MRI analysis in young adults

Approval for a waiver of consent for retrospective chart review studies was granted by the ethics committee of the Wonkwang University Hospital. To compare sectional areas of vessel candidates between foetal histology and adult MRI, we used T2-weighted MRI (224 × 224 pixel matrix; 1.5 T, GE Medical System) taken in the open-mouth position in 18 young patients (8 males and 10 females, ranging in age 11–26 years) who visited the headache clinic of Wonkwang University Hospital because of temporal headache, but had no pathological findings on MRI. The names of the patients were changed to case numbers to make individual identification impossible. The slice thickness was 3 mm with an additional 0.3-mm gap. An experienced radiologist (SSC) confirmed that the MRI showed no evidence of pathology in the TMJ or retrodiscal area. We measured the unilateral retrodiscal areas. Similarly to measurements using foetal histological sections, the measured area in MRI was a rectangle (20 × 30 mm), with the upper margin (20 mm) corresponding to a line connecting the superior end of the external acoustic meatus to the upper end of the mandibular head (red lines in Fig. 2A).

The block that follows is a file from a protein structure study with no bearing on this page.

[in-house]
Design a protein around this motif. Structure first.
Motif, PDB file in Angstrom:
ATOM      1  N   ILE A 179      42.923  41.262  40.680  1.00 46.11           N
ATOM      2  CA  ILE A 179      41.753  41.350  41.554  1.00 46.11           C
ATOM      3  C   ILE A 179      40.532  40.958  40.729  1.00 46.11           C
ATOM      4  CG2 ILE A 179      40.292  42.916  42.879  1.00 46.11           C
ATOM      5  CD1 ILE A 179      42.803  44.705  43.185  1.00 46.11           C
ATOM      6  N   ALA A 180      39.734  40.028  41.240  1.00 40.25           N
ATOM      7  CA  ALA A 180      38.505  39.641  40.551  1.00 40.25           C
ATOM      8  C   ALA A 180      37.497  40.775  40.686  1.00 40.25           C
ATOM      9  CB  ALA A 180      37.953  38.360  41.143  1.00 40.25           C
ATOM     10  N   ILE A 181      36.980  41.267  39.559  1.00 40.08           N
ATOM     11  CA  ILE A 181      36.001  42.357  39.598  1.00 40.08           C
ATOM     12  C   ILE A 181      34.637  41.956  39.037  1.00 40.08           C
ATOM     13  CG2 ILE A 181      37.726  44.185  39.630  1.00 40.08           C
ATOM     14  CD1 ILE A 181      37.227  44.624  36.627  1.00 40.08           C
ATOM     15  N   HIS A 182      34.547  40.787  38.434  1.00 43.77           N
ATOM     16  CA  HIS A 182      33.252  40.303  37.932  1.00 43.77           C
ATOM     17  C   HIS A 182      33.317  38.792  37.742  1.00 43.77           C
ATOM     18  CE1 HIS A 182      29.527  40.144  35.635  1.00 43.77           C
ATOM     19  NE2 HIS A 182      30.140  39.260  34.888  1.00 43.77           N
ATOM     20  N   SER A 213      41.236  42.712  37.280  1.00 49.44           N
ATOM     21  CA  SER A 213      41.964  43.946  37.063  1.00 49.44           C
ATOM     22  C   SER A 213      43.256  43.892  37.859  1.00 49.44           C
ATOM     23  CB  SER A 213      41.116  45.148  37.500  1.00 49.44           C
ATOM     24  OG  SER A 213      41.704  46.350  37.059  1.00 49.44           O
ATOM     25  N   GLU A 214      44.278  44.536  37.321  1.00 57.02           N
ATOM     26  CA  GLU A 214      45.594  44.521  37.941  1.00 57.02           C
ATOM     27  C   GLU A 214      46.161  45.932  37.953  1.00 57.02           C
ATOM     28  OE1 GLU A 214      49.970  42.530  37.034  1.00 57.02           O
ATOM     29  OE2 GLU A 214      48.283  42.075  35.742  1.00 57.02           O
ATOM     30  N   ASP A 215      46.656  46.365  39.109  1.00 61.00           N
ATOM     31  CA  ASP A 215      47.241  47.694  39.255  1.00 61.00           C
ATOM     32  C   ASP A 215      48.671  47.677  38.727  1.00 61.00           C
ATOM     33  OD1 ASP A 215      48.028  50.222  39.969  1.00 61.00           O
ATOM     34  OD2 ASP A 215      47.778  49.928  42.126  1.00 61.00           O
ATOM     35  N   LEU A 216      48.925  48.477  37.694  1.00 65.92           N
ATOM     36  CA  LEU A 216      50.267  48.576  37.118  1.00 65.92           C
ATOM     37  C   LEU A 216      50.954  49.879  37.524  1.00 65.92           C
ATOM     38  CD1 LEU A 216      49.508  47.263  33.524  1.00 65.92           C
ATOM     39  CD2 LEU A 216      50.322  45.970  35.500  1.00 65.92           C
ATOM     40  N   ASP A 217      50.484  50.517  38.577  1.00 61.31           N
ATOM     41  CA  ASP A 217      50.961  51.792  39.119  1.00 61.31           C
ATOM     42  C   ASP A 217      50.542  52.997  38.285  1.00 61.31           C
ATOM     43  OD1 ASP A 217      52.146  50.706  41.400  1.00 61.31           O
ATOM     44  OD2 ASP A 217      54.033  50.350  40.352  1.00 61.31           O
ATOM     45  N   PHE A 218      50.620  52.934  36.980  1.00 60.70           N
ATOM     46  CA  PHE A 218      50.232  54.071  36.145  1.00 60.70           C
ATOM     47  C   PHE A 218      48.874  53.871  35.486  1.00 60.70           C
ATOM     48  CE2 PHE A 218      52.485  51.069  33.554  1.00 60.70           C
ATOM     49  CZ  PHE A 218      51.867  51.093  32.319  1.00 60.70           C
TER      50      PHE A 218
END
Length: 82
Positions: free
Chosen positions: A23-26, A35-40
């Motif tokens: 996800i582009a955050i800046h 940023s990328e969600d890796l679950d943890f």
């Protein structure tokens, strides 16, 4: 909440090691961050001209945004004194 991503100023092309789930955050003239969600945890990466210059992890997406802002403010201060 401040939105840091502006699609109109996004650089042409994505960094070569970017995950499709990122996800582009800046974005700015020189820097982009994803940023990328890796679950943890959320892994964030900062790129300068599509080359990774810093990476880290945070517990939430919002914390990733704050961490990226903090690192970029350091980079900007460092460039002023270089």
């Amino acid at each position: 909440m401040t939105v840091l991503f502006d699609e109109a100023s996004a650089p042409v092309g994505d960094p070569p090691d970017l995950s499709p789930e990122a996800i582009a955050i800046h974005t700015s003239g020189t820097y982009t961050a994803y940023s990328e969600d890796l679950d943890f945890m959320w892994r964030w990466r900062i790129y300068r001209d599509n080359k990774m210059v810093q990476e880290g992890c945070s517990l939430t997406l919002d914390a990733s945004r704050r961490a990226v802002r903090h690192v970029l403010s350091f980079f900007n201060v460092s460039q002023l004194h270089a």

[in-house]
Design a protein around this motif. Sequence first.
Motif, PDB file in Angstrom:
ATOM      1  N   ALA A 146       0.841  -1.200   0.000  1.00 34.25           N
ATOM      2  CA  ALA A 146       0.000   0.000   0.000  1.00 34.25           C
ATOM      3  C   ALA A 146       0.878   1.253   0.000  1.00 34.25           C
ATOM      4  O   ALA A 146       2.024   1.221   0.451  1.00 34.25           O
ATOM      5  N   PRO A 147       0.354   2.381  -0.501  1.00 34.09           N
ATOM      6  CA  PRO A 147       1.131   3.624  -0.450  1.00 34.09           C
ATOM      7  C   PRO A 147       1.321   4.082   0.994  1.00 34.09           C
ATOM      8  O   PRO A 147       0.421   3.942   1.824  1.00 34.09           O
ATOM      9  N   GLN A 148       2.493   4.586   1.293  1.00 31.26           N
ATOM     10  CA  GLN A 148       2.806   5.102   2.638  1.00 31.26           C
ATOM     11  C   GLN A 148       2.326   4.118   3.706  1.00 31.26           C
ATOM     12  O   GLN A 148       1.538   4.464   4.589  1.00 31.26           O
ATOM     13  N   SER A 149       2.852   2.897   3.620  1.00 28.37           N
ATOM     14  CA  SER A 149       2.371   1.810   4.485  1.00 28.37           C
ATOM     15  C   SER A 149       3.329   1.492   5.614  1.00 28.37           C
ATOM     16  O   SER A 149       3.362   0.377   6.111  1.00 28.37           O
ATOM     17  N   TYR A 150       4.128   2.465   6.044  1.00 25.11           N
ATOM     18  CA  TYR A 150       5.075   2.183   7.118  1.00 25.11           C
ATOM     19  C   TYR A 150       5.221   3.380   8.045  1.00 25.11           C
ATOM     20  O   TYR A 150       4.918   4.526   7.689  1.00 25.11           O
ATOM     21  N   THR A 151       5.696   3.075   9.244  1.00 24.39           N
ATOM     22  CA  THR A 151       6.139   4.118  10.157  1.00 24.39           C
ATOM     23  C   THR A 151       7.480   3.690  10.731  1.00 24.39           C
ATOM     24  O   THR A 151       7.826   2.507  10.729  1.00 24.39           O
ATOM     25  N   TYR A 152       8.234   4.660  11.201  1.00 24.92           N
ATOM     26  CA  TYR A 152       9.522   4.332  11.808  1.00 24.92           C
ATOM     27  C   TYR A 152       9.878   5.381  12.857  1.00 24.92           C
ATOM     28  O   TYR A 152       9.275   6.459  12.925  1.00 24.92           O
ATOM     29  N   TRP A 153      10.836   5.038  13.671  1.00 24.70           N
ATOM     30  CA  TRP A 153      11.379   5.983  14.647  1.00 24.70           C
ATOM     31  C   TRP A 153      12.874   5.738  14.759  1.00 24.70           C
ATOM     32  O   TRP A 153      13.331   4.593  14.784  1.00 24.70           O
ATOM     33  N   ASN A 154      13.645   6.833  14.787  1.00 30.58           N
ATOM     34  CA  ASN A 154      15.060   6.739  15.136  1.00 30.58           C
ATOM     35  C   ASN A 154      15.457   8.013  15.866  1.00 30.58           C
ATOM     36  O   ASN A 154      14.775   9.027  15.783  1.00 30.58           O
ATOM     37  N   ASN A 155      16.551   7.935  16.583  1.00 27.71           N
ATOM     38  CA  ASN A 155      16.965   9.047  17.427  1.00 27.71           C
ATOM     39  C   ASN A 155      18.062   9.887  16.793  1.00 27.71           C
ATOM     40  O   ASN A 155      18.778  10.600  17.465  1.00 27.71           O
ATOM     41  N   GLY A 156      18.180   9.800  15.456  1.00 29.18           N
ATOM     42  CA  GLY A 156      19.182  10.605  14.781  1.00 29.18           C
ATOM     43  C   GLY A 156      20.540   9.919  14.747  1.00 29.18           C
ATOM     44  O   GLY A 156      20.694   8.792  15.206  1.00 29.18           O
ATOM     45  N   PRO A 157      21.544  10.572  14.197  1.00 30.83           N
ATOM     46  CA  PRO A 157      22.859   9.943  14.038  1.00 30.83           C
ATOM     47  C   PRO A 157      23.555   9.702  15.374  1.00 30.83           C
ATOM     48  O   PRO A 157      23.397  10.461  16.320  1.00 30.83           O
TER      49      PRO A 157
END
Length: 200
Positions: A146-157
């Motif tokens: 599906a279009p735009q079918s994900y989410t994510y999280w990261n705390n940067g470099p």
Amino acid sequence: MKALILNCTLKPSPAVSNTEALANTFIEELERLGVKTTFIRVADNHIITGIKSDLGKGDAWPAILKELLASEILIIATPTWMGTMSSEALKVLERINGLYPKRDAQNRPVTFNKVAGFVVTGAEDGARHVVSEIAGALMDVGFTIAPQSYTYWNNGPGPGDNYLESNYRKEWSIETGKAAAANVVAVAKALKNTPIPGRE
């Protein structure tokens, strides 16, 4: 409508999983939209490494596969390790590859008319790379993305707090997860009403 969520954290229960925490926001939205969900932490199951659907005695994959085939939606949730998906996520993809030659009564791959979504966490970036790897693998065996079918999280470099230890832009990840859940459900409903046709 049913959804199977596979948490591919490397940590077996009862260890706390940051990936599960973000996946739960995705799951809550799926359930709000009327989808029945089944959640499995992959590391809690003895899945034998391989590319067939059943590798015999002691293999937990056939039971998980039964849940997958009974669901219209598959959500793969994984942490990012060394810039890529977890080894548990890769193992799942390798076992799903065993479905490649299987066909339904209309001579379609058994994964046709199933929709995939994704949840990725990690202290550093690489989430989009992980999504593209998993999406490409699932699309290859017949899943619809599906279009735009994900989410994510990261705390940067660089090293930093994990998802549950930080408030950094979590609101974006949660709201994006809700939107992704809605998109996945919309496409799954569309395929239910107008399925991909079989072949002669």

Yamamoto_02.tif

Figure 2. A, B, C. Method to evaluate vessel-candidates in adult T2-weighted magnetic resonance images.

The distance from the anterior or posterior margin of the rectangle to the mandibular head varied between persons. From the MRI obtained from each subject, we chose the image containing the largest numbers of vessel candidates. We selected the vessel candidates in the images (yellow coloured vessel-like structures in Fig. 2B) and picked them for scanning (Fig. 2C). The scanned images were processed with the same software as used for measurement of foetal histology (see above). In addition, we measured the distance between the mandibular head and the acoustic meatus to evaluate the thickness of the retrodiscal tissue. Data were evaluated statistically using Student’s t-test, χ2 tests and one-way analysis of variance.